The Belgian safely navigated his way through Saturday’s seven stages – including the short blast through the perilous Salou street stage – to complete the penultimate leg of the event with a 16.4 second lead.

Neuville began the second day with a mere seven tenths of a second separating him and the Toyota Yaris belonging to Elfyn Evans – but a clean sweep of stages wins this morning increased that to 9 seconds.

Although Neuville was not as dominant in the afternoon, taking just two fastest times, his pace was still strong enough to put further daylight between him and one-time leader Evans, whose hopes of a third win this season now appear remote.

“When everything is going the right way everything feels good and it’s a pleasure to drive,” said Neuville.

“It wasn’t an easy day; it was really tricky in the morning with the fog and very dirty stages. Then this afternoon the middle stage was very dirty with lots of gravel but I was confident with the information I was getting from my gravel crew.”

Evans’ inability to keep pace with Neuville was blamed on set-up changes that had been carried out on his supermini prior to Saturday’s action getting underway.

In order to drive around the problem until lunchtime service, the Welshman found himself having to feed the power in gently in order to find traction.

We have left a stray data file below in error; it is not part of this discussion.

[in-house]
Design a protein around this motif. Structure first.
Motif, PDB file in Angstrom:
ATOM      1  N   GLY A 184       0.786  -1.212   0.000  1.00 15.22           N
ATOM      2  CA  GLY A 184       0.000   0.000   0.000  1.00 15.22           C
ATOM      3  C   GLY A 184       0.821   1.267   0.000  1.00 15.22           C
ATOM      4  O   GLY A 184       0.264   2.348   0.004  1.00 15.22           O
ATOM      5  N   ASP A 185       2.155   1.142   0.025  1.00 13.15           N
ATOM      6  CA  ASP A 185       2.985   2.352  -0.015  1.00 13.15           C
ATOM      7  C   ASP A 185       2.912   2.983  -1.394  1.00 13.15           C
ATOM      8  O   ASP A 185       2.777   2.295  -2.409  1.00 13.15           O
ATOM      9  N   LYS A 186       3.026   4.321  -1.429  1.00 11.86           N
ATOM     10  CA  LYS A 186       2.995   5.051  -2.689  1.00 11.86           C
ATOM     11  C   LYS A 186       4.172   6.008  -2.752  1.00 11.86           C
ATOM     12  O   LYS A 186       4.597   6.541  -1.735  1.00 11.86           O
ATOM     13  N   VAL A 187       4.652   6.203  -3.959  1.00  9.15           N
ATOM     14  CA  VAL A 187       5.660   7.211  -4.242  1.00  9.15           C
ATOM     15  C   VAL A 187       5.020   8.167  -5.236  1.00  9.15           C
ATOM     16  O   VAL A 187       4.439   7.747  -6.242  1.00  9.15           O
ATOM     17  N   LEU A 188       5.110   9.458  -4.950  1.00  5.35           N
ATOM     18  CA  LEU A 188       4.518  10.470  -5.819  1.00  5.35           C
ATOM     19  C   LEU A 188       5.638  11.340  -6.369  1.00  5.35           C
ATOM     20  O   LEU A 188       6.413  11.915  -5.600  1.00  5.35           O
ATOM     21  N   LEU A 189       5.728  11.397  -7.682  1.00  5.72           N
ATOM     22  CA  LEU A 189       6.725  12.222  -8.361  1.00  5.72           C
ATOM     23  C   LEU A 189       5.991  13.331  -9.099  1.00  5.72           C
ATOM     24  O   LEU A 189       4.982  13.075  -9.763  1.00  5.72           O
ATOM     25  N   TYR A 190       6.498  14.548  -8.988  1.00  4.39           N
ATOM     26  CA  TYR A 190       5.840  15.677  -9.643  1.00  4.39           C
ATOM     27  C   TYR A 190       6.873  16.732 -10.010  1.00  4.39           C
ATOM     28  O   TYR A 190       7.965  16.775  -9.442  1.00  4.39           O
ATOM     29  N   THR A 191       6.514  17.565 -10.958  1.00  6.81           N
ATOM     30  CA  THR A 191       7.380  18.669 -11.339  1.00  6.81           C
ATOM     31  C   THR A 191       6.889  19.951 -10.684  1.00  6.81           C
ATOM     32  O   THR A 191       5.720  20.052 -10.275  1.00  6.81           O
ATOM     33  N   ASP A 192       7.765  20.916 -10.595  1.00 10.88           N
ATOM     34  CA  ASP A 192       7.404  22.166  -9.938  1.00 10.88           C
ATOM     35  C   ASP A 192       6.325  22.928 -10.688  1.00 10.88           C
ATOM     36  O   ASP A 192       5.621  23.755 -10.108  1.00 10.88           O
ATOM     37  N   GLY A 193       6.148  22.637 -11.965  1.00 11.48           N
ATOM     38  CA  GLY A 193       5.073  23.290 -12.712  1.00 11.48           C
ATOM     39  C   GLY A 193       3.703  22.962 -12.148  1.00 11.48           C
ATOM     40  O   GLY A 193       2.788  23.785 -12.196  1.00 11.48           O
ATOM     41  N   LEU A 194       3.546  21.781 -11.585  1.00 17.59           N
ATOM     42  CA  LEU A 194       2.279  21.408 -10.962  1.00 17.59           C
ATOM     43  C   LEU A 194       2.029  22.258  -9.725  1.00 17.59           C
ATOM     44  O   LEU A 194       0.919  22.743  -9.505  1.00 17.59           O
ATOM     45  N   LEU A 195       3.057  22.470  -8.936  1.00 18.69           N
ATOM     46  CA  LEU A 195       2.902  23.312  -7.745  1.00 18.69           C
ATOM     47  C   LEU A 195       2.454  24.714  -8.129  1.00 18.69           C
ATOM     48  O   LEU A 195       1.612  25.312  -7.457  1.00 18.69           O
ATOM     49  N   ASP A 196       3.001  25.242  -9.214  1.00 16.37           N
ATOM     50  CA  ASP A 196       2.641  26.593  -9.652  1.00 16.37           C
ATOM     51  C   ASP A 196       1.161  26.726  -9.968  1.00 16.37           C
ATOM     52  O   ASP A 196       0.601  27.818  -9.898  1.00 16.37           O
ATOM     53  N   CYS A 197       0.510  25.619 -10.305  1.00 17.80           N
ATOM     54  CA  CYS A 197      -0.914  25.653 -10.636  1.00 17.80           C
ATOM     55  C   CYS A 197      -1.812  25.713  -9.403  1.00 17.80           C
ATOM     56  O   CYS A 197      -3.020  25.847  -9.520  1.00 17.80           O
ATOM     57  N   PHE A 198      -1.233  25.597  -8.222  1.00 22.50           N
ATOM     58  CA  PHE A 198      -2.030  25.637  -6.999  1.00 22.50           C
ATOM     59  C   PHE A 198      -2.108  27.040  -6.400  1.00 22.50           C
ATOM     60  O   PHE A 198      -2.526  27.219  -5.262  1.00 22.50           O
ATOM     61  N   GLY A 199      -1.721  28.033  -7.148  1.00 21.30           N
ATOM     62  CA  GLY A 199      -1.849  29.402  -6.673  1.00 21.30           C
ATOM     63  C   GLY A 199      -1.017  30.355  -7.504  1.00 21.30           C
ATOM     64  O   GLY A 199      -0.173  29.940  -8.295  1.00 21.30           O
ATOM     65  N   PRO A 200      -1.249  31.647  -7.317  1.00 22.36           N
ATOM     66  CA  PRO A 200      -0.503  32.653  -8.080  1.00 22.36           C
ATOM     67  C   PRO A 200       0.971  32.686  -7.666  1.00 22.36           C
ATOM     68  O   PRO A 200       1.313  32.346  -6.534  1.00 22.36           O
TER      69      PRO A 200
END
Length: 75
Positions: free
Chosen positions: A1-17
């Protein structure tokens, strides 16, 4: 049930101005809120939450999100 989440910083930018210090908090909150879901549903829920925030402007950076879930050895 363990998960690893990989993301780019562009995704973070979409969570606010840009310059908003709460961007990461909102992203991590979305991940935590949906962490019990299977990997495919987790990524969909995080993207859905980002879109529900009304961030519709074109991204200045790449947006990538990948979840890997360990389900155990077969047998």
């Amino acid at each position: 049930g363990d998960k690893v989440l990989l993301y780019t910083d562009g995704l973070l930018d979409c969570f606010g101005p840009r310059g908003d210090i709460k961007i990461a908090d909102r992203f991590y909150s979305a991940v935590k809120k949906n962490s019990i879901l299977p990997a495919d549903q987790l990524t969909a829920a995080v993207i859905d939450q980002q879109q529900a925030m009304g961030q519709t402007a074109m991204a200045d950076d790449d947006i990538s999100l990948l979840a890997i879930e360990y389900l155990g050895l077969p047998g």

Despite looking into the issue with his mechanics, he still wasn’t happy for the repeat loop of stages. “We couldn’t find the sweet spot like Friday,” he said.

“It has been a frustrating afternoon for us. We gambled to try and change some stuff to improve the car for this afternoon, but it didn’t work unfortunately and we have gone in the opposite direction.”

Team-mate Sebastien Ogier had the misfortune of an errant handling Yaris yesterday but there was to be no repeat today as he rolled up his sleeves to deal with the threat posed by the third Hyundai of Dan Sordo.

At one point, Sordo moved to within two tenths of a second of the third-placed Frenchman, who is aiming to seal an eighth drivers’ crown on what will be his last season as a full-time World Rally driver.

With Sordo being urged on by his home supporters at every turn, Ogier promised “to try harder and take a few more risks”.

That approach paid dividends until this evening's Salou spectator special when he lost 5.2 seconds to the Spaniard to leave the gap at just 1.2 seconds.

“The engine stalled and I don’t know why. I was on the clutch, like normal, and then it happened,” revealed a clearly annoyed Ogier.

“We know that this kind of stage these things can happen but it’s a shame because we had a good afternoon. But the positive is there; we finally have a car that suits me and the pace is there so I’m very confident for tomorrow,” he added.

With Toyota's Kalle Rovanpera finding himself in no-man's land, the young Finn has made getting to the finish and learning more about the fast and flowing Spanish roads the objective for Sunday.

He had a character-building Saturday, puncturing on stage eight before experiencing "a huge moment" on the next test. "It was maybe the biggest I have had," he said, "so we were lucky to escape that one."

M-Sport Ford's Gus Greensmith is sixth despite puncturing earlier in the day and having to contend with engine cooling issues throughout, while Hyundai Motorsport protege Oliver Solberg continues to impress in seventh.

Rally Spain concludes on Sunday with crews tackling a further four stages, one of which is the Power Stages where the top five fastest drivers will each earn bonus points.